- APFS: Best for Solid State and Flash Drives
- Mac OS Extended: Best for Mechanical Drives, Or Drives Used With Older macOS Versions
- ExFat: Best for External Drives Shared With Windows Computers
- Case Sensitive: Avoid Unless You Know Why You Want It
- Encryption Protects Your Files, But Might Affect Performance
- Other Options: MS-DOS (FAT) and Windows NT
So you’re using Disk Utility to partition your new hard drive when you’re presented with a choice of potential file systems. The list is longer than you’d think, with terms like “APFS (Case-sensitive)” and “Mac OS Extended (Journaled, Encrypted)” to choose from.
What does all this mean, and which should you choose? Basically there are three main options:
RELATED: What’s New in macOS 10.13 High Sierra, Available Now
- APFS, or “Apple File System,” is one of the new features in macOS High Sierra. It’s optimized for solid state drives (SSDs) and other all-flash storage devices, though it will also work on mechanical and hybrid drives.
- Mac OS Extended, also known as HFS Plus or HFS+, is the file system used on all Macs from 1998 until now. On macOS High Sierra, it’s used on all mechanical and hybrid drives, and older versions of macOS used it by default for all drives.
- ExFAT is the best cross platform option, designed to work on Windows and macOS systems. Use this for an external drive that will plug into both kinds of computers.
Choosing a file system is basically choosing between these three options. The other factors, like encryption and case sensitivity, aren’t something you should get too hung up on. Let’s dive into a bit more details about the top three choices below, and then explain a few of the sub-options.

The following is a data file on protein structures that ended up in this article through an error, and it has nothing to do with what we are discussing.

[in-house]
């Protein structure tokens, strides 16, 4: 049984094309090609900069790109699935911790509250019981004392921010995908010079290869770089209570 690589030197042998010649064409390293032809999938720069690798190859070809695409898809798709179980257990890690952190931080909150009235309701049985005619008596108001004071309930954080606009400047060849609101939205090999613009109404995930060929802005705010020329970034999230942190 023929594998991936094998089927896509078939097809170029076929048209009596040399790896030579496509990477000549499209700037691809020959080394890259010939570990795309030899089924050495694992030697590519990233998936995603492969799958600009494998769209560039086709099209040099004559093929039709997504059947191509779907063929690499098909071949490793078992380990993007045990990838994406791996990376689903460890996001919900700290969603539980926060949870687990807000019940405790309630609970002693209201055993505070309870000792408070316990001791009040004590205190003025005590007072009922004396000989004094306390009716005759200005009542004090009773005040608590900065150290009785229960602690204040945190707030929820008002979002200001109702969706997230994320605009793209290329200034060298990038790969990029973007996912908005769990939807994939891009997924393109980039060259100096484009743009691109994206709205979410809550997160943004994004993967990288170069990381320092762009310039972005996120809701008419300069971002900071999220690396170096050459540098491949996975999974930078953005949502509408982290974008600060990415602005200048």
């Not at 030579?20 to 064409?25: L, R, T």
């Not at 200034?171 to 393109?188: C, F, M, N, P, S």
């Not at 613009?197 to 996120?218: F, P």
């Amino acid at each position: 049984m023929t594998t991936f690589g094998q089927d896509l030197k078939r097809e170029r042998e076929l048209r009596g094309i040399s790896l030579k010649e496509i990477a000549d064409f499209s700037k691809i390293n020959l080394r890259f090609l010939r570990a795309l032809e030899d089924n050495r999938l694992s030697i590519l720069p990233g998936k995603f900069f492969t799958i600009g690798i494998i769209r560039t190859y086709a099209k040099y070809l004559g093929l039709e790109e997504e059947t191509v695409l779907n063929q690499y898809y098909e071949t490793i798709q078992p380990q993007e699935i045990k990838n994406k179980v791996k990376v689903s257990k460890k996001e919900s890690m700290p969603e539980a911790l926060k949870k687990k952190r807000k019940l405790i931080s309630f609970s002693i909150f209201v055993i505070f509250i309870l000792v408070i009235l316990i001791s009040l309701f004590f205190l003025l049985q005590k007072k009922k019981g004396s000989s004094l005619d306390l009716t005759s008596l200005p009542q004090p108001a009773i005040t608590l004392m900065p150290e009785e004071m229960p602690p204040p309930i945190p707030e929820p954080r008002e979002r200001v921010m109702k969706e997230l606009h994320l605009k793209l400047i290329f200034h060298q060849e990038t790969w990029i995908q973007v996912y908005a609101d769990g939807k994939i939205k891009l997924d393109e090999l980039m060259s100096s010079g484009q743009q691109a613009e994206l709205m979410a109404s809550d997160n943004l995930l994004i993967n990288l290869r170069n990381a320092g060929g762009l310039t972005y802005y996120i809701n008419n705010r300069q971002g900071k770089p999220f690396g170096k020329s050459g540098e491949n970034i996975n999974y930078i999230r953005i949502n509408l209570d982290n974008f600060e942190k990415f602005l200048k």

APFS: Best for Solid State and Flash Drives
APFS, or Apple File System, is the default file system for solid state drives and flash memory in 2017’s macOS High Sierra. First released in 2016, it offers all sorts of benefits over Mac OS Extended, the previous default.
RELATED: APFS Explained: What You Need to Know About Apple’s New File System
For one thing, APFS is faster: copying and pasting a folder is basically instantaneous, because the file system basically points to the same data twice. And improvements to metadata mean it’s very quick to do things like determine how much space a folder is taking up on your drive. There are also a number of reliability improvements, making things like corrupted files a lot less common. There are a lot of upsides here. We’re just skimming the surface, so check out our article about everything you need to know about APFS for more information about the benefits of APFS.
So what’s the catch? Reverse compatibility. 2016’s macOS Sierra was the first operating system capable of reading and writing to APFS systems, meaning any Mac using an older operating system will not be able to write to APFS-formatted drives. If there’s an older Mac you need a drive to work with, APFS is a bad choice for that drive. And forget about reading an APFS drive from Windows: there aren’t even third-party tools out there for that yet.
APFS also isn’t compatible with Time Machine at this time, so you’ll have to format backup drives as Mac OS Extended.
Other than that, there’s probably no reason not to use APFS at this point, especially on solid state drives and flash memory.
Mac OS Extended: Best for Mechanical Drives, Or Drives Used With Older macOS Versions
Mac OS Extended was the default file system used by every Mac from 1998 until 2017, when APFS replaced it. To this day, it remains the default file system for mechanical and hybrid hard drives, both while installing macOS and while formatting external drives. This is in part because the benefits of APFS aren’t as clear on mechanical drives.
If you’ve got a mechanical hard drive, and you intend to use it only with Macs, it’s probably best to stick with Mac OS Extended. And any drive that needs to work with older Macs, running El Capitan or earlier, should absolutely be formatted with Mac OS Extended, because APFS is not compatible with those computers.